The prevalence of Cover-2 in Oregon St.'s approach is demonstrated by the fact that their corner Rashaad Reynolds is the team's number two tackler. The other corner Poyer has seven interceptions on the season and seven more pass break-ups. Their safeties Murphy and Zimmerman are 3rd and 4th in tackles with only two and half tackles for loss between them.
Texas can expect to see a lot of Cover-2 from Oregon St. while in big formations. They do not see this very often in the Big 12. For a defense in our league, classic Cover-2 with "cloud" run support from the corners is not a formation you want to employ against the possibility of Tevin Reese and Terrance Williams both running deep routes on the same side of the field against one hapless safety. Teams utilize it occasionally to the boundary side of the field but not frequently as a base coverage.
It will be important for Ash to be careful on sideline routes because these corners are ball hawks playing in zone. An interception on a jumped comeback or hitch route is the most likely to result in a pick-6.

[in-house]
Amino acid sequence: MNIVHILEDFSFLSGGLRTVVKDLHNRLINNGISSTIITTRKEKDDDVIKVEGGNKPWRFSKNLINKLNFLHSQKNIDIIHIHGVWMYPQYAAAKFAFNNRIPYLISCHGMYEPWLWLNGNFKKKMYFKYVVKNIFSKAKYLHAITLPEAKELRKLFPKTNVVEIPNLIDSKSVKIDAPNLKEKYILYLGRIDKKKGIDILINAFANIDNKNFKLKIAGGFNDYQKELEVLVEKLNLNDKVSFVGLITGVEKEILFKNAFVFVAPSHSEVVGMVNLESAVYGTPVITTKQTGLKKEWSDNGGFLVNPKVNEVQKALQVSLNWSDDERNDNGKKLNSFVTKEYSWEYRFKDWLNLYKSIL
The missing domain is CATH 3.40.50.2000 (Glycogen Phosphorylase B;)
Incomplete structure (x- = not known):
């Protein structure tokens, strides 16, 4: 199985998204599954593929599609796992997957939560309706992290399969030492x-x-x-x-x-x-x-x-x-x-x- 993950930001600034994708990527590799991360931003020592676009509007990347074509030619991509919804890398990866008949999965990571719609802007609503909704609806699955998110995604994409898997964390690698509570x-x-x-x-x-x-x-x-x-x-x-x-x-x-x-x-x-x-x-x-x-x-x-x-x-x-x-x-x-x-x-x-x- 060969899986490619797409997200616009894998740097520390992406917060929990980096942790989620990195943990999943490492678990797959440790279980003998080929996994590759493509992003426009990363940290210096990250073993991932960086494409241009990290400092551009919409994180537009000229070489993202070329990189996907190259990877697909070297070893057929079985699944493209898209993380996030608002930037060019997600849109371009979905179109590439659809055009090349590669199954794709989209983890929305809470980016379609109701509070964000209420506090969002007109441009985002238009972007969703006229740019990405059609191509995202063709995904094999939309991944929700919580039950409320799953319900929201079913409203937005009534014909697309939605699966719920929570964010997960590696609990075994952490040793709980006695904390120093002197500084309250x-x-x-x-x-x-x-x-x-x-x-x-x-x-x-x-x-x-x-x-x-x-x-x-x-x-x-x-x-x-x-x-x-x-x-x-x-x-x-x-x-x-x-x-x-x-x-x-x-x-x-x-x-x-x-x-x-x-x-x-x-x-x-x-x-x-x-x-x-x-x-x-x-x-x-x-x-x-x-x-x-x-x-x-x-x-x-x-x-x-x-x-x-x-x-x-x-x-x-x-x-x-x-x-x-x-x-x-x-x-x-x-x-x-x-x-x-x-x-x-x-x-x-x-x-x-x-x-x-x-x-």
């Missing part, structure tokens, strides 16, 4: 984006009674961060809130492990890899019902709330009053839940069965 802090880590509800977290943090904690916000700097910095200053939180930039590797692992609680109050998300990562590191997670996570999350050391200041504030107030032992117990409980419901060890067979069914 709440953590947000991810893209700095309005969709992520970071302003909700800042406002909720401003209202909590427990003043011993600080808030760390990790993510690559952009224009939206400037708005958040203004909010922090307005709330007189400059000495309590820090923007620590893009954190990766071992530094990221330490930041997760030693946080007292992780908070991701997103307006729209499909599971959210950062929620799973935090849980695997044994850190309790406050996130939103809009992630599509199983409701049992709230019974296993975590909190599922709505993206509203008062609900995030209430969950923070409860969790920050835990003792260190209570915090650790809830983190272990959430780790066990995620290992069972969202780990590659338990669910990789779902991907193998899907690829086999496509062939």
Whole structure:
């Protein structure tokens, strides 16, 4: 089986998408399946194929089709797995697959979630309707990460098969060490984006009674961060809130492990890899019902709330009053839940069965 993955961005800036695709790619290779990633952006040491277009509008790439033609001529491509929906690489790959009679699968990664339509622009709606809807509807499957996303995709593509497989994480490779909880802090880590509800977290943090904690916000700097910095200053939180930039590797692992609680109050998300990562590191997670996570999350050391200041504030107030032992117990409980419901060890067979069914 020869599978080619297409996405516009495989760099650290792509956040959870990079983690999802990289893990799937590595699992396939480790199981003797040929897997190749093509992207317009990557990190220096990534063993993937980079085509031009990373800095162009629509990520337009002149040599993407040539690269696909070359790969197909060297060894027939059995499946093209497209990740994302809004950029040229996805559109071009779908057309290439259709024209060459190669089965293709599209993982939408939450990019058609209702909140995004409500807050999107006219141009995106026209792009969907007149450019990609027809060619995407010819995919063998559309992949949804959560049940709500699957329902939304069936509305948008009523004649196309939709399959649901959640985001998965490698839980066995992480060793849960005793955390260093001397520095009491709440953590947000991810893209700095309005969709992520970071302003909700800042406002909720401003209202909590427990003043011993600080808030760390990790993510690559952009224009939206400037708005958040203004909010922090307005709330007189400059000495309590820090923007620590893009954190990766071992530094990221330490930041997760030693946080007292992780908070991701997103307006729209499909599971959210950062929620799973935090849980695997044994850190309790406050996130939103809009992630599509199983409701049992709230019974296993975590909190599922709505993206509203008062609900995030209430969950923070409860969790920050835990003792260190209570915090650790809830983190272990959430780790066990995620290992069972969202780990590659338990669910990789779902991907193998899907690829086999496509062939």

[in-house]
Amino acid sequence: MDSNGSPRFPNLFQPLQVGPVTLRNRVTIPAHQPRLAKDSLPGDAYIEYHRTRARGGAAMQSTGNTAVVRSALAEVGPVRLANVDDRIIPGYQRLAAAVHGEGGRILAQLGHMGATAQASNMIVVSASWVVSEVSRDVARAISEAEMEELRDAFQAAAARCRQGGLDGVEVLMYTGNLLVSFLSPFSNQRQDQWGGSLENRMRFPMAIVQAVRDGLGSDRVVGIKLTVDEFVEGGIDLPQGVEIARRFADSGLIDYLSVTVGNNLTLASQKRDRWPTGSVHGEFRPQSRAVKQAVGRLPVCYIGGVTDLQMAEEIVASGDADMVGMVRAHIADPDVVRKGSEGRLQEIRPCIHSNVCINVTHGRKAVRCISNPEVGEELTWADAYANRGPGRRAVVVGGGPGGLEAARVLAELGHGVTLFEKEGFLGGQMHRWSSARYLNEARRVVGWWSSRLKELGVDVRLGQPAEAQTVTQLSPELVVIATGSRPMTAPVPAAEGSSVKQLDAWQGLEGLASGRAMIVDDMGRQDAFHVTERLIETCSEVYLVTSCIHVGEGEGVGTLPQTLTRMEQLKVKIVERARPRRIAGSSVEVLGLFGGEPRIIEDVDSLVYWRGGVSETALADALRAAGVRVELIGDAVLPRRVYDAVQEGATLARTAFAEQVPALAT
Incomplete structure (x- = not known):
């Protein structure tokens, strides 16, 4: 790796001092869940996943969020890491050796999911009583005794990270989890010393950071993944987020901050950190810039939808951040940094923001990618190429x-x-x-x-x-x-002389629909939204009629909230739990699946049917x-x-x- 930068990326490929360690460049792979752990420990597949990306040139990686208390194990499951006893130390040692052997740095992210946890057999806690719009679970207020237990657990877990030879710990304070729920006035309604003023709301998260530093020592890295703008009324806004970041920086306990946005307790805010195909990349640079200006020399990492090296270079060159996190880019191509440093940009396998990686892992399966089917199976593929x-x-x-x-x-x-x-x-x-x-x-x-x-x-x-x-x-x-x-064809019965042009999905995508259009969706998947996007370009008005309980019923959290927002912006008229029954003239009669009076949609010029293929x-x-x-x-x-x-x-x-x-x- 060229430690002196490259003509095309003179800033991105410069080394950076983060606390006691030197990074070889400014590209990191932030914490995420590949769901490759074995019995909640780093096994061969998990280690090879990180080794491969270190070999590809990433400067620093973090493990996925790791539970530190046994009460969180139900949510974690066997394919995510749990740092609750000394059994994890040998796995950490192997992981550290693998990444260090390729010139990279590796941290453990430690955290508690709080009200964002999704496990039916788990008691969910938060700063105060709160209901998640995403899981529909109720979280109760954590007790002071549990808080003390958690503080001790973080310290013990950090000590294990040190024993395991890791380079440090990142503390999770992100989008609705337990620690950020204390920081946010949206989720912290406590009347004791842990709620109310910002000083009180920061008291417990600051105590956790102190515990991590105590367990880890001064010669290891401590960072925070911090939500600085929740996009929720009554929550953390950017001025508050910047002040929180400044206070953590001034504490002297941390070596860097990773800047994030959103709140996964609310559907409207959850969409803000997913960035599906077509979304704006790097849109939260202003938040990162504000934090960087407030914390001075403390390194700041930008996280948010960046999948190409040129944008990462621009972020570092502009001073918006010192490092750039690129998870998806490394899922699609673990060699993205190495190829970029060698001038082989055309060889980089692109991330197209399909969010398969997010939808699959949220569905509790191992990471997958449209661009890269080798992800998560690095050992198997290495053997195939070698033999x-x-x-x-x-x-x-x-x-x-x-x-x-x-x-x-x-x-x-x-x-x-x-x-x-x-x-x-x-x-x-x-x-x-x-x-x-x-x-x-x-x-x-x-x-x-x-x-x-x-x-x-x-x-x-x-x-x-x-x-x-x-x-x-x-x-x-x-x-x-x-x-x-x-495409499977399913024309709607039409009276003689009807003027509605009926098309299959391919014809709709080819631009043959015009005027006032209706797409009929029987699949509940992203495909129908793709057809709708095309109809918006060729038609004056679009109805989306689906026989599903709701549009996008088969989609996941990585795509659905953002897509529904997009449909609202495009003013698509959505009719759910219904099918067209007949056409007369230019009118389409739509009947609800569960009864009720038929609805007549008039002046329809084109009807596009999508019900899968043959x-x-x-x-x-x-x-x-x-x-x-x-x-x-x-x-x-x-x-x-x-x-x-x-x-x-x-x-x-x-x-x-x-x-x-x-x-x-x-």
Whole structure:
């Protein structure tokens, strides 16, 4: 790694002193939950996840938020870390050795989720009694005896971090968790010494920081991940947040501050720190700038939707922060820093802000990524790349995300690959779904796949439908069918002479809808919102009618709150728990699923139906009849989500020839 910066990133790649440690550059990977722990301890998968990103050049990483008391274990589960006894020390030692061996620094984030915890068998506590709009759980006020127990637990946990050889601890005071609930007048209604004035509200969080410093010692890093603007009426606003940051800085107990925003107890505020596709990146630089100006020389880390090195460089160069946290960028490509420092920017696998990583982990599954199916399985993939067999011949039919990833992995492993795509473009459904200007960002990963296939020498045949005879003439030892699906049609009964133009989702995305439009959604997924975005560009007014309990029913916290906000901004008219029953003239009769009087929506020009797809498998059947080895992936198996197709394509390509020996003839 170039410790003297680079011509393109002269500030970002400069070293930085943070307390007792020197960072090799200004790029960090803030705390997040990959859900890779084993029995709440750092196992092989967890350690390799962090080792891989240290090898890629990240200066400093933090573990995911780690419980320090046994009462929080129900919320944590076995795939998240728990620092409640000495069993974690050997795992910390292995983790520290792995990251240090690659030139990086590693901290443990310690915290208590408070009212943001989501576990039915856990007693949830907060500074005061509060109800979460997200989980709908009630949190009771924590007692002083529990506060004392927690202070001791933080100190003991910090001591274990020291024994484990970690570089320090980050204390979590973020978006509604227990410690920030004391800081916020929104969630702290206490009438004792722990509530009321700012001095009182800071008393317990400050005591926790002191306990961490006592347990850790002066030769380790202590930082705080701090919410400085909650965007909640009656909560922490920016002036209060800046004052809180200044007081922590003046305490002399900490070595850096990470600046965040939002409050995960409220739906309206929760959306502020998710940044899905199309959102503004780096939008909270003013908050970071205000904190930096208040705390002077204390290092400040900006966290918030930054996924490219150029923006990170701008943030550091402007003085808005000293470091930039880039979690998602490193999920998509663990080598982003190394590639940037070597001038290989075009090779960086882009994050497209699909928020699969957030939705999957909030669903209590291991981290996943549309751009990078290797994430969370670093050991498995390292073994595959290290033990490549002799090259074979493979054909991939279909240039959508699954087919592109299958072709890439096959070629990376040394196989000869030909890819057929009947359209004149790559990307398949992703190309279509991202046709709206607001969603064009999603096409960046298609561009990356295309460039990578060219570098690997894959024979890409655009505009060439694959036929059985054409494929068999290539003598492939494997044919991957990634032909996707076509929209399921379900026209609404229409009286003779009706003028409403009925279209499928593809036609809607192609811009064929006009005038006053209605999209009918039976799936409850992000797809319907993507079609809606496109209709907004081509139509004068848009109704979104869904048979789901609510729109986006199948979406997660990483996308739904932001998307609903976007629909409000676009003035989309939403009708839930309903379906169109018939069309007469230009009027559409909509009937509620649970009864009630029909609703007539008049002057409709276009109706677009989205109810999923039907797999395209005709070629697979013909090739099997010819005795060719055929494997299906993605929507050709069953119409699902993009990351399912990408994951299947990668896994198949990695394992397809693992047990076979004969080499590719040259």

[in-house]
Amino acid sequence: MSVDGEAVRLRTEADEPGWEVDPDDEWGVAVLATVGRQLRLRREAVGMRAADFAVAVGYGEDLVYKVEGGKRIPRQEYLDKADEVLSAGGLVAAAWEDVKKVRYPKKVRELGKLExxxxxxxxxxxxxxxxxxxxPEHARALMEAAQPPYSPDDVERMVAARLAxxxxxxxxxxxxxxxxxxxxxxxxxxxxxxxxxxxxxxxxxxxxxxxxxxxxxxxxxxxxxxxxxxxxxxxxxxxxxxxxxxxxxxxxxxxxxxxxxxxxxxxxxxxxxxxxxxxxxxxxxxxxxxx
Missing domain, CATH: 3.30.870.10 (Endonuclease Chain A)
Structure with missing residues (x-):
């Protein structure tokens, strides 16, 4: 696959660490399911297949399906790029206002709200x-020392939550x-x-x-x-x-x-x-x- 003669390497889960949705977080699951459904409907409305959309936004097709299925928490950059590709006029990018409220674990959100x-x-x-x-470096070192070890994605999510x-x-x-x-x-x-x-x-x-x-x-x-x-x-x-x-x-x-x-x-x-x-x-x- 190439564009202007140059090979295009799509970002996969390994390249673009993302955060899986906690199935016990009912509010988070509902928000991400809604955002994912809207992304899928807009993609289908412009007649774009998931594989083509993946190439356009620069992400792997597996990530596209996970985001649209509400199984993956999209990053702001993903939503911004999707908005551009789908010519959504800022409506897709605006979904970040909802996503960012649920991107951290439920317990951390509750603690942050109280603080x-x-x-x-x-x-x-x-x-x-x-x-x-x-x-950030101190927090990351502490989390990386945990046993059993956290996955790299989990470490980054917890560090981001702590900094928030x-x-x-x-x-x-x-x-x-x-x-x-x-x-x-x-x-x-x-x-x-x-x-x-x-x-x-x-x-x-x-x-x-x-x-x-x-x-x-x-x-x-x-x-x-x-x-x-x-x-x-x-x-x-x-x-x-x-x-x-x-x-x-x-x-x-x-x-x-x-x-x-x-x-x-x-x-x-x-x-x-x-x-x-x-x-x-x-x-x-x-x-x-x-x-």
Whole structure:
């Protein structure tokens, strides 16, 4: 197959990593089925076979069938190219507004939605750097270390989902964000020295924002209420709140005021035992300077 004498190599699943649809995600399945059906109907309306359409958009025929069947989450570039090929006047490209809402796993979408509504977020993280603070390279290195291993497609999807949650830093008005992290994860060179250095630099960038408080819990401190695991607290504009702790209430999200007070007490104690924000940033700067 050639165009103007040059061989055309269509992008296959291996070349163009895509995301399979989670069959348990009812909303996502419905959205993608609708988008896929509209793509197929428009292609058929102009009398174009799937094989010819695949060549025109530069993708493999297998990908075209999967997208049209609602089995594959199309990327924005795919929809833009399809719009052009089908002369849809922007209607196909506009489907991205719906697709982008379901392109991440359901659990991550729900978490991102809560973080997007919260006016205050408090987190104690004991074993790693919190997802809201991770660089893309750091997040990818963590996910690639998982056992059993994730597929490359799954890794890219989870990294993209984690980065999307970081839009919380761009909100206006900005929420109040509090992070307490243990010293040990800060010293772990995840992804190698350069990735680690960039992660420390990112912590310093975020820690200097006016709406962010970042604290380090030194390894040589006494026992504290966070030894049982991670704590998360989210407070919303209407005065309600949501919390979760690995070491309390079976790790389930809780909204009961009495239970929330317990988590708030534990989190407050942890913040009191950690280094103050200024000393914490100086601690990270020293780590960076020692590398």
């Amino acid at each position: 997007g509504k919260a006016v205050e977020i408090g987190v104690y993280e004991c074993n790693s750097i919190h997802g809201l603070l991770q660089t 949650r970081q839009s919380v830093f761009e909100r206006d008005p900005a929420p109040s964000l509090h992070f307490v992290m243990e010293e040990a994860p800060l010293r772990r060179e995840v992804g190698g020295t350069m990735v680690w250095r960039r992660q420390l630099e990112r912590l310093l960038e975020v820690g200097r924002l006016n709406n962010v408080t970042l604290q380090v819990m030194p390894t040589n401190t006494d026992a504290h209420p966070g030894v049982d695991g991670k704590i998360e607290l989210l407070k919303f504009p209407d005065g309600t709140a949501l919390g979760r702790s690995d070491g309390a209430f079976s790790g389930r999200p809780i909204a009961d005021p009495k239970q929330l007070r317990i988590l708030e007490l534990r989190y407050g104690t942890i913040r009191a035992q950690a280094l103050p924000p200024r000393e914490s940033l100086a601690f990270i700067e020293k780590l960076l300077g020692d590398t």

So where are the weaknesses in this defense? Oregon had success running pin'n'pull to the boundary, however that will involve Texas handling their defensive ends and linebackers with their tackles and tight ends, which hasn't been consistent this year. Ultimately, the corners are not a weakness in OSU's run defense.
The real weaknesses are the middle of the field in coverage against the middle linebacker, who in this instance is not great in pass coverage, or on deep routes with two deep receivers on the same side of the field. Texas' "flood" concept in which Shipley runs an intermediate out, a back runs a swing route, and Mike Davis runs a deep post is intended to target linebackers who have to cover large areas of shallow field in 2-read or Cover-4. Against a Cover-2, Texas relies on Ash making the right read and an accurate throw against very good Beaver corners.